Wednesday, June 15, 2011

Bring It On

Tomorrow is the last day of school. For some reason kids just don't greet the summer like we did when I was growing up. Shoes came off and didn't return until fall when I needed a size larger. The farm was bustling with tobacco planting season coming on and other things like sheep shearing and baby chicks. Brenda and I were ready to look for new kittens in the barn. Dad loaded the corn and took it to the elevator.

Already the girls are bored. School is out late here in Oregon. They don't go back to school until after Labor Day. From this end of summer break, it seems like a long time, but I know that's not true. It will be over before they know it.

"I don't want to hear that you are bored all summer. We will have fun." I said it this way hoping that they understand that I have imposed a fun requirement for the next three months. 

Shoes are all off already. Mine have been off for awhile, but the kids are just catching up. I know that we will lots to do in the time I am here and not in back east visiting. I have gathered something new for them to open each day while I am gone. None of it is worth much....well maybe it is worth knowing a grams will miss them.

I know that after a couple of weeks after school was out, Brenda and I were running out of things to do. Mom loaded us up with old curtains and sent us to the corn crib where we pulled an old crate into one of the bins along with our dolls and toy dishes. Housekeeping was in place for the least until I saw a mouse.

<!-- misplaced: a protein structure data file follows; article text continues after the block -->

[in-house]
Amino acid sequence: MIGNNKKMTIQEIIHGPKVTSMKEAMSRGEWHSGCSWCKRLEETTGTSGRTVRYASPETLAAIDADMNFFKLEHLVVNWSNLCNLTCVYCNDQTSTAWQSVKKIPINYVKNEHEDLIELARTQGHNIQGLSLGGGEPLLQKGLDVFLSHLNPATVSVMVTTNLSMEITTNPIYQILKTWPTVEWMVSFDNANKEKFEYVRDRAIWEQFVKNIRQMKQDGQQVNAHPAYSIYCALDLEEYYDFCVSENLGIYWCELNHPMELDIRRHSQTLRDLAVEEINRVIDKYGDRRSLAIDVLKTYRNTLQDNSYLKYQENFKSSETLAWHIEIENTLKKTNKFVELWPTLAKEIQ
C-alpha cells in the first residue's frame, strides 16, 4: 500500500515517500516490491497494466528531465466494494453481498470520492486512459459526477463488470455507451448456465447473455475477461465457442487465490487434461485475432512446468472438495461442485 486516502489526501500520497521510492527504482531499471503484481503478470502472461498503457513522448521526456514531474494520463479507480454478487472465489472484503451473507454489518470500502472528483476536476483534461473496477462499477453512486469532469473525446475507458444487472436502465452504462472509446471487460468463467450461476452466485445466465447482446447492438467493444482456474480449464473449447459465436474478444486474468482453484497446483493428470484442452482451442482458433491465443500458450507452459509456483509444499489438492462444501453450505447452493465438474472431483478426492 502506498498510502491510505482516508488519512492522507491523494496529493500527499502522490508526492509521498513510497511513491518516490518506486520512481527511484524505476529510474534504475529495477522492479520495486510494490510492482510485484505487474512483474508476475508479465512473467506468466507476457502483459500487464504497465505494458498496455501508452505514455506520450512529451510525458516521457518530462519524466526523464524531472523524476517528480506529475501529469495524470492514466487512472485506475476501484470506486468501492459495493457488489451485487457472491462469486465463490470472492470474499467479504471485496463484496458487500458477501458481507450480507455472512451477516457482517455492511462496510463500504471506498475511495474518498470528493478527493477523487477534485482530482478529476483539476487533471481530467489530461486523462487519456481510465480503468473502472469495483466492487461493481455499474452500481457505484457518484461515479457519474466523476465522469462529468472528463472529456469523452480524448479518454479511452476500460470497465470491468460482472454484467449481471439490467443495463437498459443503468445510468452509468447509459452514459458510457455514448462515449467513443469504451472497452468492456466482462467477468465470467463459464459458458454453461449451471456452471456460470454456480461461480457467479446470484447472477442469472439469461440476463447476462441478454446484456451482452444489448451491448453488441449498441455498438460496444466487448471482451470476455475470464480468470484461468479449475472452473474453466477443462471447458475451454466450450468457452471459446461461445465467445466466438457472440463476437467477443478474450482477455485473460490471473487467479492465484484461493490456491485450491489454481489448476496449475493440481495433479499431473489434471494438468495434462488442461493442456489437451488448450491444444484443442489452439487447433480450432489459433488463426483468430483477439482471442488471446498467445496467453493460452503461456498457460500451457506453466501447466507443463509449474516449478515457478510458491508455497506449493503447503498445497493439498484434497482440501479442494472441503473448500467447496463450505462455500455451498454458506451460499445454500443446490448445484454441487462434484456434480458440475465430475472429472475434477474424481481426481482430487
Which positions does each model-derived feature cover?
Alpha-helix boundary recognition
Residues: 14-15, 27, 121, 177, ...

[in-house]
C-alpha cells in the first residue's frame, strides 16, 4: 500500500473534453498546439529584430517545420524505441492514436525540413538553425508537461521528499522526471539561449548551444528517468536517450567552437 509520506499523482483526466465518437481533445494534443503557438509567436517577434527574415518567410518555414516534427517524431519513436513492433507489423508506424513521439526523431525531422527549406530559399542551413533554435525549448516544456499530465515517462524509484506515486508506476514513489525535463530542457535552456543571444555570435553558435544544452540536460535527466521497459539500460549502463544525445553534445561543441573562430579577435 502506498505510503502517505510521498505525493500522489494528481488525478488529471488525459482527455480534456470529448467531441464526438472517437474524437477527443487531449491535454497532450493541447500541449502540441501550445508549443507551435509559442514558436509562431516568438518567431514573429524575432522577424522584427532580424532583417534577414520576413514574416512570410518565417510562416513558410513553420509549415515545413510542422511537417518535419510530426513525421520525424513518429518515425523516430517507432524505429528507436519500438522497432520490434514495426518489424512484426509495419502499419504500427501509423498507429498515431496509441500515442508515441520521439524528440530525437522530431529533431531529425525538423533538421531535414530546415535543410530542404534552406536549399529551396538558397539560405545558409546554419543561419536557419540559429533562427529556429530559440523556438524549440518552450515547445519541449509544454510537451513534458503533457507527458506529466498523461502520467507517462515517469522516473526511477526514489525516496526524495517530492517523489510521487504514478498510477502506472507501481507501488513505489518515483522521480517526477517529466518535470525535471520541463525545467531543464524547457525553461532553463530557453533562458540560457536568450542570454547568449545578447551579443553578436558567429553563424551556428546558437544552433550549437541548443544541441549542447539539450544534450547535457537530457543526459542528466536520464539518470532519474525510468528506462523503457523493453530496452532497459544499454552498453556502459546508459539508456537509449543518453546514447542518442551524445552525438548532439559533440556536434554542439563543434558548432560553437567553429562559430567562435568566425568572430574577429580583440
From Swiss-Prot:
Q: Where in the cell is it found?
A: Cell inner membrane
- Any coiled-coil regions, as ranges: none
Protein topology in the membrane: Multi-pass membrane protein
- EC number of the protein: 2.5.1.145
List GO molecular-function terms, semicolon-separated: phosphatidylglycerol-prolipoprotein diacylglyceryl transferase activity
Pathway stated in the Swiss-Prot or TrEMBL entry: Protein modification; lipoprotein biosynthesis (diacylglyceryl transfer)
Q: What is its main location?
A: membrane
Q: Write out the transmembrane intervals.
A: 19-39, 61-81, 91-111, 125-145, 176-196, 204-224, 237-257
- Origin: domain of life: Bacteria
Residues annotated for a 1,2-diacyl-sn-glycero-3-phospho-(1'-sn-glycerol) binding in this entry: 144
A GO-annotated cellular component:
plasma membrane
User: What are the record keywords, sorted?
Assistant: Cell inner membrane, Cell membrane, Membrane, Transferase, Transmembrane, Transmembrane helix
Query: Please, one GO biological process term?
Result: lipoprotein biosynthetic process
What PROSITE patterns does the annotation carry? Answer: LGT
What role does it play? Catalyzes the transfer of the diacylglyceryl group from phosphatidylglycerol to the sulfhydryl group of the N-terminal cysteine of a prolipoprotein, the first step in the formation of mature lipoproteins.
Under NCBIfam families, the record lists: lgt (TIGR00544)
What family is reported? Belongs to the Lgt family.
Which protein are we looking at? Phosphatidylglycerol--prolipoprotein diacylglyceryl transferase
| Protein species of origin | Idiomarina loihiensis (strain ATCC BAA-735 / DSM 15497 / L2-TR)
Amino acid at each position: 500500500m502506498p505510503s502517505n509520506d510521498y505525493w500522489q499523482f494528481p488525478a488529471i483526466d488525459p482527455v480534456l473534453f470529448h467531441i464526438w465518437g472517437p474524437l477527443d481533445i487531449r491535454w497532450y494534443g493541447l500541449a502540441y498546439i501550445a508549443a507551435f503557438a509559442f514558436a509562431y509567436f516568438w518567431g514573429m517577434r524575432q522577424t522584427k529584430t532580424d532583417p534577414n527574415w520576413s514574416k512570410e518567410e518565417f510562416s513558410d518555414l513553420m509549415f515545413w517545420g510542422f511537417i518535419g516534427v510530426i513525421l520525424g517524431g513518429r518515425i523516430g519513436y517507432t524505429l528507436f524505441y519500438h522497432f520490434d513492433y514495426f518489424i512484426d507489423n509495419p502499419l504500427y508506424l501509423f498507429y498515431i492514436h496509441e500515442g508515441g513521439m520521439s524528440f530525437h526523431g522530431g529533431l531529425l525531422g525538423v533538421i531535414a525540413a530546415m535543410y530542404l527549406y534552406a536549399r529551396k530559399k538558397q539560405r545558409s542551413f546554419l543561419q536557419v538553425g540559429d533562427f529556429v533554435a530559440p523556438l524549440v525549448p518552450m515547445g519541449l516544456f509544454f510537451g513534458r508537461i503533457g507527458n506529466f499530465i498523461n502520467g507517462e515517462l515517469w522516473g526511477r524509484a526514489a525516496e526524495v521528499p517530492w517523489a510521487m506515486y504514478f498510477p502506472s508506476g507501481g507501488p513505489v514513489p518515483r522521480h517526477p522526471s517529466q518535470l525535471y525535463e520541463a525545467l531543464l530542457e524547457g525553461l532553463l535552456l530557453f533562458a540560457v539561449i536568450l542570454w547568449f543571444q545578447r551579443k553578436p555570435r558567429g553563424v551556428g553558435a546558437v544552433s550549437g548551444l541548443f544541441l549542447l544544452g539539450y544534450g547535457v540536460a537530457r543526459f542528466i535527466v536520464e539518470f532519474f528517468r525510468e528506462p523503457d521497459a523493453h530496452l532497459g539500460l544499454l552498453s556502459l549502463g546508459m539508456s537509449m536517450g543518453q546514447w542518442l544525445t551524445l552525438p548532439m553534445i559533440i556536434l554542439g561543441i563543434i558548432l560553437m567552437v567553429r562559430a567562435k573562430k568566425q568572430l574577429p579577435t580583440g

Softball would be played at Lavy's. Neighbor kids would visit each other popping up at the door of the house asking, "Can Brenda play? Can Merrill and Donnie play? Can Pam play? Can I play at your house?" The questions at the doors would last all summer long. Brenda and I would go fishing with our Daddy's. Mom would hang laundry and chickens on the clothes line. Rocks would be tossed off the bridge, and we would sit on an old, downed tree on Cyril's side of the creek trying to decided who had carved initials there. It was summer vacation.

When I'm back, maybe I'll toss a few stones off the bridge. I doubt I'll go barefoot up the lane. For some reason walking on gravel was easier when I was a kid on summer vacation. I won't play softball or watch as the tobacco planter moves down the rows. But I will remember. I will remember the kids who played along Neff Road.

Summer vacation was and is the best.

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